"If ye love wealth better than liberty, the tranquility of servitude better than the animating contest of freedom, go home from us in peace. We ask not your counsels or your arms. Crouch down and lick the hands which feed you. May your chains set lightly upon you, and may posterity forget that you were our countrymen."

Tuesday, 13 October 2009

Banned, Banned & Gagged + Update

Banned: Recyclables from landfill
Banned: Cigarette vending machines
Gagged: The press. Guido has more.  This must be the gag Harold Evans talked about on the Marr Show a couple of weeks ago.

(Sorry, I can't remember who did the graphic. Leave a note in the comments and I'll put it right)
UPDATE: Carter £uck & Trafigura have backed down over the gagging order on the Guardian.
"Bloggers were active this morning in speculating about what lay behind the ban on the Guardian reporting parliamentary questions. Proposals being circulated online included plans for a protest outside the offices of Carter-Ruck.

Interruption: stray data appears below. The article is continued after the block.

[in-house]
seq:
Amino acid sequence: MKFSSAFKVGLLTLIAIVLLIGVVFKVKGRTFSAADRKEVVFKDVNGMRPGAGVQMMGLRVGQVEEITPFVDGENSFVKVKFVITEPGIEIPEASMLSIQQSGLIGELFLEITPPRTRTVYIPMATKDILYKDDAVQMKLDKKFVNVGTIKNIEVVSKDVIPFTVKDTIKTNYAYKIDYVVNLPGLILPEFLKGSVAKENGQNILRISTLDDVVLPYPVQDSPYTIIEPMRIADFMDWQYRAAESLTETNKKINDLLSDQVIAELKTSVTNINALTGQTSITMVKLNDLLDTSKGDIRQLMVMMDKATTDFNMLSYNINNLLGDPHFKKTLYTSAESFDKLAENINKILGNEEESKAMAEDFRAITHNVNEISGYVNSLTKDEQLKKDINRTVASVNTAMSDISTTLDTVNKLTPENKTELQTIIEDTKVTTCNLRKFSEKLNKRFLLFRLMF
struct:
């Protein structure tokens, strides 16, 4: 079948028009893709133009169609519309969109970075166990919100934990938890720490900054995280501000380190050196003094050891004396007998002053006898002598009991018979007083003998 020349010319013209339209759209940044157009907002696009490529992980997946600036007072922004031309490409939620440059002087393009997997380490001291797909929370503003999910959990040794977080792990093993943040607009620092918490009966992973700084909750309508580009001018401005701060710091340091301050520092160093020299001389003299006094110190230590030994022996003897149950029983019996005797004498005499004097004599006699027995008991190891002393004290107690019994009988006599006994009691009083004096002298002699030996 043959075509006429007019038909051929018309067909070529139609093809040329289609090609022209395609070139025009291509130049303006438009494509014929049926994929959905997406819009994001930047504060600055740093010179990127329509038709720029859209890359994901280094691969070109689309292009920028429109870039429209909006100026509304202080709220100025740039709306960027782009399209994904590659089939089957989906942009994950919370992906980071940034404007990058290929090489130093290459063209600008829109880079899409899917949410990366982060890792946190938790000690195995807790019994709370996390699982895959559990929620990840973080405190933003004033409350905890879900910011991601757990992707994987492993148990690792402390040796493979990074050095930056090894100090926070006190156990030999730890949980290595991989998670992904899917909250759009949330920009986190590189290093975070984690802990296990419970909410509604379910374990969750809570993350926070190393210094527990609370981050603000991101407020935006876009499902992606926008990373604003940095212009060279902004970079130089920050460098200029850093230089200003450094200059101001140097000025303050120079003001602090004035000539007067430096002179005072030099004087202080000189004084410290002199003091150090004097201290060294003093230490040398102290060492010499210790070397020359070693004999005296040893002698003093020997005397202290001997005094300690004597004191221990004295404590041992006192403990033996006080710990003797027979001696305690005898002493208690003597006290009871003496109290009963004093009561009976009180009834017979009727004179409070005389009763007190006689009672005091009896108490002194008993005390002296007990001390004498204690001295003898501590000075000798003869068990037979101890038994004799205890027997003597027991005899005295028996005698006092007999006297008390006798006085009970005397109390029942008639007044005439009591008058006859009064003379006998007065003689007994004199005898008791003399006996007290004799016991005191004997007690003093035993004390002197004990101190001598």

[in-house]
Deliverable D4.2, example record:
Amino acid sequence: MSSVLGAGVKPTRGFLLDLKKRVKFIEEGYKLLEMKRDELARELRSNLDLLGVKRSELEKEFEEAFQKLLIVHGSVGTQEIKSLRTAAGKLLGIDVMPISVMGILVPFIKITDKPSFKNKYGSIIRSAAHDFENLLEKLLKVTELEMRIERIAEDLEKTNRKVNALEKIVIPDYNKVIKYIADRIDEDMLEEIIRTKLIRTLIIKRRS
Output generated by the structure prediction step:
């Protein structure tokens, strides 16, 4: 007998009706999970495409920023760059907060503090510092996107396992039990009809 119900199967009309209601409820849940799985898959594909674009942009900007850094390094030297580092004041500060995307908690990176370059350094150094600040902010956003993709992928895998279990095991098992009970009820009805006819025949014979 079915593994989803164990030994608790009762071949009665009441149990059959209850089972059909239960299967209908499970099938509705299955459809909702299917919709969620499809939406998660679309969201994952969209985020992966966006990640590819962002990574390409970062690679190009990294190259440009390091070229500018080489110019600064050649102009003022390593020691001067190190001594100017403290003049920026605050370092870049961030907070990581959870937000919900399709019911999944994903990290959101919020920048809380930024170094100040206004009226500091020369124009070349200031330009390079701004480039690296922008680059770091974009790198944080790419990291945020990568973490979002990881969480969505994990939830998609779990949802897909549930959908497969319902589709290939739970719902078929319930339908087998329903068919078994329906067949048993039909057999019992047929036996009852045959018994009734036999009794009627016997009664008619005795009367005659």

The ban on reporting parliamentary proceedings on legal grounds appeared to call into question privileges guaranteeing free speech established under the 1688 Bill of Rights.
Today's published Commons order papers contained Farrelly's question to be answered by a minister later this week. The Guardian was initially prevented from identifying the MP who had asked the question, what the question was, which minister might answer it, or where the question was to be found.
The only fact the Guardian was able report was that the case involves the London solicitors Carter-Ruck, who specialise in suing the media for clients including individuals and global corporations.
The media lawyer Geoffrey Robertson QC said Lord Denning ruled in the 1970s that "whatever comments are made in parliament" can be reported in newspapers without fear of contempt.
He said: "Four rebel MPs asked questions giving the identity of 'Colonel B', granted anonymity by a judge on grounds of 'national security'. The DPP threatened the press might be prosecuted for contempt, but most published."
The right to report parliament was the subject of many struggles in the 18th century, with the MP and journalist John Wilkes fighting every authority – up to the king – over the right to keep the public informed. After Wilkes's battle, wrote the historian Robert Hargreaves, "it gradually became accepted that the public had a constitutional right to know what their elected representatives were up to".
SpyBlog has an interesting post about the judges involved.

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